Nozizwe Madlala-Routledge and Ronnie Kasrils are behind the Sidikiwe! Vukani! Vote NO! campaign, urging citizens to defend their hard earned freedom. Picture: Antoine de Ras

Democracy means the freedom to vote or not. South Africans don’t owe those who fought in the struggle a perpetual debt, says Fikile-Ntsikelelo Moya.

Pretoria - There is a proverb often attributed to the Chinese which goes: if you save a person’s life you are responsible for the rest of it.

What is always striking about this phrase – which some dispute and choose to place at the door of popular adventure stories – is that it intuitively ought to be the other way round.

Insofar as politics are concerned, South African are clearly not Chinese.

In South African politics one owes the party that saves you from political bondage for the rest of one’s life.

The debt is sometimes passed on to the generations after the liberators and the liberated.

I would prefer a scenario where all debts are paid up and all are square at some point.

If I cannot have that, I’d settle for the life saver taking the responsibility for the saved, and not the other way round.

With the latter option, I would not have to live my entire life under the cloud of having to be reminded every time I question the logic or the acts of my saviour.

It would free me from the never ending political blackmail that seems to have no limits or time frame.

The most recent example of this blackmail is on voting.

Reading and hearing some of the vitriol levelled at ANC stalwarts Ronnie Kasrils and Nozizwe Madlala-Routledge’s Vukani Sidikiwe Vote No! campaign, you’d swear voting is the only way of proving that one is free – when it is not.

For example, Ugandan gays can vote but they can hardly be called free.

The struggle for freedom and human rights was so that I could exercise my rights in an atmosphere where everyone has the same rights. Also, to opt out if I so wished unless such an option would limit the rights and freedoms of others.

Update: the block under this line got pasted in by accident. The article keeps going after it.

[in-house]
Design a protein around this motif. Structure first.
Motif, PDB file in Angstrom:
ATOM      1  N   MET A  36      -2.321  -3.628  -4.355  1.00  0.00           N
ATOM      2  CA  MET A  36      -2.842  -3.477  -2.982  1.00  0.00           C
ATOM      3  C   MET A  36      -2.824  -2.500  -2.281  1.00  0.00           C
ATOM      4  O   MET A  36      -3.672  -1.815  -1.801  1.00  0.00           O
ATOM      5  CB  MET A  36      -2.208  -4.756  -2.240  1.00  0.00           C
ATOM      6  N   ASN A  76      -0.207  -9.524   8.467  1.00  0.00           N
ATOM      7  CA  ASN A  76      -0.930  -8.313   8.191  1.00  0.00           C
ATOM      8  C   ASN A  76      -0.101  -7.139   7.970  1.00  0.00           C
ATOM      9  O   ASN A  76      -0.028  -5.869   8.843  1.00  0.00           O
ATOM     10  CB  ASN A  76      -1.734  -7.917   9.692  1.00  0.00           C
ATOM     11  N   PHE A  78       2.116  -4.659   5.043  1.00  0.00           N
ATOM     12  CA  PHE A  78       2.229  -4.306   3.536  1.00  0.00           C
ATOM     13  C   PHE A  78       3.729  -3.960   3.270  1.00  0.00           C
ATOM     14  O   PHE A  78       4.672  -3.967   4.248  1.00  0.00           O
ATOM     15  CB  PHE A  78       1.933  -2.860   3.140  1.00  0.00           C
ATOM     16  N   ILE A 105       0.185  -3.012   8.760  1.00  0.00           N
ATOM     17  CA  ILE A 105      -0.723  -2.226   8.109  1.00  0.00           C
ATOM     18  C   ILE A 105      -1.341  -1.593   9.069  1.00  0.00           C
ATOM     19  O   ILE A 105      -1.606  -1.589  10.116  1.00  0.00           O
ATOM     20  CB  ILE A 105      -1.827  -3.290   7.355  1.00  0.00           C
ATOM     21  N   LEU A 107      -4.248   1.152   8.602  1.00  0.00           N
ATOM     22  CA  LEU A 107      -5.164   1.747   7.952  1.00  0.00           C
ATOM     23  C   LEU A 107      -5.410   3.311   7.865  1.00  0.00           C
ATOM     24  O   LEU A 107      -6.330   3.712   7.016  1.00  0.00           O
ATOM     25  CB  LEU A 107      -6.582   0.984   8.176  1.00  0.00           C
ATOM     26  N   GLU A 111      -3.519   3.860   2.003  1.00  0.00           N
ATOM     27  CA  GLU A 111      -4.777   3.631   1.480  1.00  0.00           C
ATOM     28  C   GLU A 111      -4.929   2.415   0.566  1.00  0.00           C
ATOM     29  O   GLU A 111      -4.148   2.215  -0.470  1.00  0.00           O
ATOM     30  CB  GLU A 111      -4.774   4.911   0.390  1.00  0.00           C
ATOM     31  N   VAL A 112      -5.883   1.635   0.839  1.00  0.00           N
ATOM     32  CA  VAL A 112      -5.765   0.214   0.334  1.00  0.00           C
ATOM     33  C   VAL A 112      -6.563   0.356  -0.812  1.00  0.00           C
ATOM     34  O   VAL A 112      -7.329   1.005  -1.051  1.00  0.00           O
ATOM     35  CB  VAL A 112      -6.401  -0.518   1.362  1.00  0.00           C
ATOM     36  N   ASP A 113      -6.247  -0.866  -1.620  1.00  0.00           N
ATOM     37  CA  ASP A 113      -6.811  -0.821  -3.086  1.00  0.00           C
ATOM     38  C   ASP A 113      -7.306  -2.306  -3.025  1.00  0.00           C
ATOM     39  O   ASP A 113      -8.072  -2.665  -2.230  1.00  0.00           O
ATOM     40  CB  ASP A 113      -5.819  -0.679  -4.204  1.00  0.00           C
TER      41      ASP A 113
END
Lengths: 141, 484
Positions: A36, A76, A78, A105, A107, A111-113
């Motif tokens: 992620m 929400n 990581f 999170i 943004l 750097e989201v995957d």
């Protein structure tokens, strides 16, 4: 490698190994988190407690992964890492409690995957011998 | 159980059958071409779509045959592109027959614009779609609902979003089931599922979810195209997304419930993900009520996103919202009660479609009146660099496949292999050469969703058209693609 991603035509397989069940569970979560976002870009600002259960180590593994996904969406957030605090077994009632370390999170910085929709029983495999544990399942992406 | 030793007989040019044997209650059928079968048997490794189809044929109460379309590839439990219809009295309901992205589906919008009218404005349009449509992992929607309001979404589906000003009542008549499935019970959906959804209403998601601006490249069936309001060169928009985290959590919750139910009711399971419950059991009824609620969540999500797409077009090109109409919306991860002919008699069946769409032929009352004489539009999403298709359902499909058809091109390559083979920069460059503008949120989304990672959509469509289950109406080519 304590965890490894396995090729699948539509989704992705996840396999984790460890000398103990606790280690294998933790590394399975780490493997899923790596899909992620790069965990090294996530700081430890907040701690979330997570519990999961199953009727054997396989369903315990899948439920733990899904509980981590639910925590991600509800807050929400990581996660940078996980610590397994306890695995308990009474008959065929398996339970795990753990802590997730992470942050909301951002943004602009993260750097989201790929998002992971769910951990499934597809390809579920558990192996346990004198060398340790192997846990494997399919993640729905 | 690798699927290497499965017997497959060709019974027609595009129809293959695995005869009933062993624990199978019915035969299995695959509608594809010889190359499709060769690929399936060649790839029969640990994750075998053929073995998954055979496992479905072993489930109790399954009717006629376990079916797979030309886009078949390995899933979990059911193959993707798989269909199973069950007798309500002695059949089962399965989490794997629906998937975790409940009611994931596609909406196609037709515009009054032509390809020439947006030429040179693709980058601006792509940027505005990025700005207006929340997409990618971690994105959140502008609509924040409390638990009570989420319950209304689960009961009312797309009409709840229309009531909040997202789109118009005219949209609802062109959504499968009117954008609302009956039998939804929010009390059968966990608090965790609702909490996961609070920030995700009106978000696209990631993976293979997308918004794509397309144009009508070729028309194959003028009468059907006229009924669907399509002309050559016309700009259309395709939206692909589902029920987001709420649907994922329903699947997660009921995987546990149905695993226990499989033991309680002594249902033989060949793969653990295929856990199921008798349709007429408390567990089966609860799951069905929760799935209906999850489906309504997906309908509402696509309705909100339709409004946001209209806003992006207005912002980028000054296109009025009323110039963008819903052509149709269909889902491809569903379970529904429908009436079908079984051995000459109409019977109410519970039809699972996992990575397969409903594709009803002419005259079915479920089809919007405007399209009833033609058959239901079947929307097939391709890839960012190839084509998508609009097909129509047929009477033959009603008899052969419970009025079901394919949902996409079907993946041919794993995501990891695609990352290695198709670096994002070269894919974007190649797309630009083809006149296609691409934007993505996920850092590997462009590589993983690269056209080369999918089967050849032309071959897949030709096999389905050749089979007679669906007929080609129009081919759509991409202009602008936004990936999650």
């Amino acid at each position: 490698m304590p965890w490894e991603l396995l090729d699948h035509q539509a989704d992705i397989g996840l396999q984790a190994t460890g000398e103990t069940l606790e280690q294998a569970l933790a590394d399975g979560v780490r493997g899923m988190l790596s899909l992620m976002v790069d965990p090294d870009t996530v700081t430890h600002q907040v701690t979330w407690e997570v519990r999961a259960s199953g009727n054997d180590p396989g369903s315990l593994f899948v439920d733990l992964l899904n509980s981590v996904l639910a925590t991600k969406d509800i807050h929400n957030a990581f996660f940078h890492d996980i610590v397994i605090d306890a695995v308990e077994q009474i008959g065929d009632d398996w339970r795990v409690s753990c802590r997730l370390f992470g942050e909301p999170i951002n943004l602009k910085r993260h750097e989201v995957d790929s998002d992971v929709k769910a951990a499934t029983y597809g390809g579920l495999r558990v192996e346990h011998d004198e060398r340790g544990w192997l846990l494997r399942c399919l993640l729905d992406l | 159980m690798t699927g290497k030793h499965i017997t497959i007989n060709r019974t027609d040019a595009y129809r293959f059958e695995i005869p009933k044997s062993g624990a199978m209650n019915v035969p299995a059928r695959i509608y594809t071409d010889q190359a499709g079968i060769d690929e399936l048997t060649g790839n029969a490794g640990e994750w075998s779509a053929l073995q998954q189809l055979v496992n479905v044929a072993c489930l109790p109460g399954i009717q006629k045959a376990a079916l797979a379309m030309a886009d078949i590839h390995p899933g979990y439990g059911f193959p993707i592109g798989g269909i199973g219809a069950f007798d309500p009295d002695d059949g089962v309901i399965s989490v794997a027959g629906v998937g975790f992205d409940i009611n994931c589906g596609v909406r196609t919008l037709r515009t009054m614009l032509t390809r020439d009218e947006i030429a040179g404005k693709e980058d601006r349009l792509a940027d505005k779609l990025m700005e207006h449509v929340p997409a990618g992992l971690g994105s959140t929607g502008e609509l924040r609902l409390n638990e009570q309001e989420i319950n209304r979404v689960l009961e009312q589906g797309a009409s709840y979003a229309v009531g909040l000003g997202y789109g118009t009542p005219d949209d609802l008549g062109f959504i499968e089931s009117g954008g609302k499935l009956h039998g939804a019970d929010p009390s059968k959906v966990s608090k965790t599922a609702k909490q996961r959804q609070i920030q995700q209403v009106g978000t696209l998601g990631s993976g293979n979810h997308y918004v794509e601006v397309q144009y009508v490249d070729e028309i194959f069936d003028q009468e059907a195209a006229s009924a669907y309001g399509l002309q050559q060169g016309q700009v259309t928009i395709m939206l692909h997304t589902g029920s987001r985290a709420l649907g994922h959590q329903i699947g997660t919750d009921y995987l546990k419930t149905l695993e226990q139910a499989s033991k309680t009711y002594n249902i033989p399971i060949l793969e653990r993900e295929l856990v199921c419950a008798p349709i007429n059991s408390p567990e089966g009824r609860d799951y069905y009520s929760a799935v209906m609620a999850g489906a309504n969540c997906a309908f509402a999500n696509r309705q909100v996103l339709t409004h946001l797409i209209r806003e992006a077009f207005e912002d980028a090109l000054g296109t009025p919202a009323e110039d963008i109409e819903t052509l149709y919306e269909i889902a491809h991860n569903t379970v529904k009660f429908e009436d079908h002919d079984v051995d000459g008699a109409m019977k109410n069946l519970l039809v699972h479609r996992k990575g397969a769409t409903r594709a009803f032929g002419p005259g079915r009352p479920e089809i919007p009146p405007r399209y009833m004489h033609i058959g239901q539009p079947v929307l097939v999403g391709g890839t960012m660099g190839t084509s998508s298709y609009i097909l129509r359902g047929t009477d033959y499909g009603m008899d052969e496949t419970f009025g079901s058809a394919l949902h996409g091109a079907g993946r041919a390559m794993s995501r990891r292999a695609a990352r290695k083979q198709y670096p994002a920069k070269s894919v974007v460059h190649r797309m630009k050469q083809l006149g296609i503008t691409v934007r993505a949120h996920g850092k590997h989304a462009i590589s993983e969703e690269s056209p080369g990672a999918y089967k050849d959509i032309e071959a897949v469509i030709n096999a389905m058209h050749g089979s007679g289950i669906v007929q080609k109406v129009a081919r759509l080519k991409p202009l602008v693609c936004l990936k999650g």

To me being free meant that just because I am black does not mean that I can only live in so-called black areas that the apartheid government had legislated I should stay. It also meant I could choose to stay in a township and not in previously whites-only suburbia if I so wished.

To me being free must mean I can buy alcohol on a Sunday if I so wish and not be bound by another person’s religious sensibilities about a perfect time to buy or drink alcohol.

Freedom must also mean that the rights of those who believe and those who do not are treated with the same respect, unlike in some countries of the likes of Afghanistan or parts of Nigeria where everyone must kneel or bow before a prescribed god.

Logically, my freedom must also mean I can choose to not vote.

I should be able to choose this option without having to justify myself to anyone, including those whose struggles allow me to have the option.

So whatever you might think of Kasrils and Madlala-Routledge’s campaign, it will be anti-freedom to demand that anyone vote. It is an act of cheap desperation to invoke the names of struggle icons to vilify their campaign.

The vilification campaign pretends that the option to abstain is one available only to ingrates.

There are as many good reasons why people should exercise the right to vote as there are to abstain from it.

Instead of threats, swearwords, blackmail and whatever else, everyone on either side of the debate will probably get a better ear of their opponents by showing the flaws of the opposing view.

To force anyone to do anything they – out of their own volition would not do – is in fact to spit on the graves and faces of those who fought for freedom.

Anyone who fought for freedom so they would be owed a perpetual debt is like a mother who demands unquestioned loyalty on her grown-up children on the grounds that she gave birth to them and breastfed them.

Most right thinking people would be grateful that their parents made the sacrifices they had made to raise them to be what they are.

We must ask questions though when a parent stops short of giving their child an invoice for the meals, clothes, school fees, boarding and lodging they spent on them while growing up.

To demand that we vote because “they” struggled for it is to want to exchange one form of bondage with another.

Freedom that does not allow you to make choices – including foolish ones and live with the consequences thereof – is no freedom at all.

So whether you vote or don’t vote, I really could not care. I care even less who you will be voting for or against.

If whatever decision you make is made out of an undue sense of obligation or coercion then the struggle for freedom has been wasted on you.

* Fikile-Ntsikelelo Moya is executive editor of the Pretoria News

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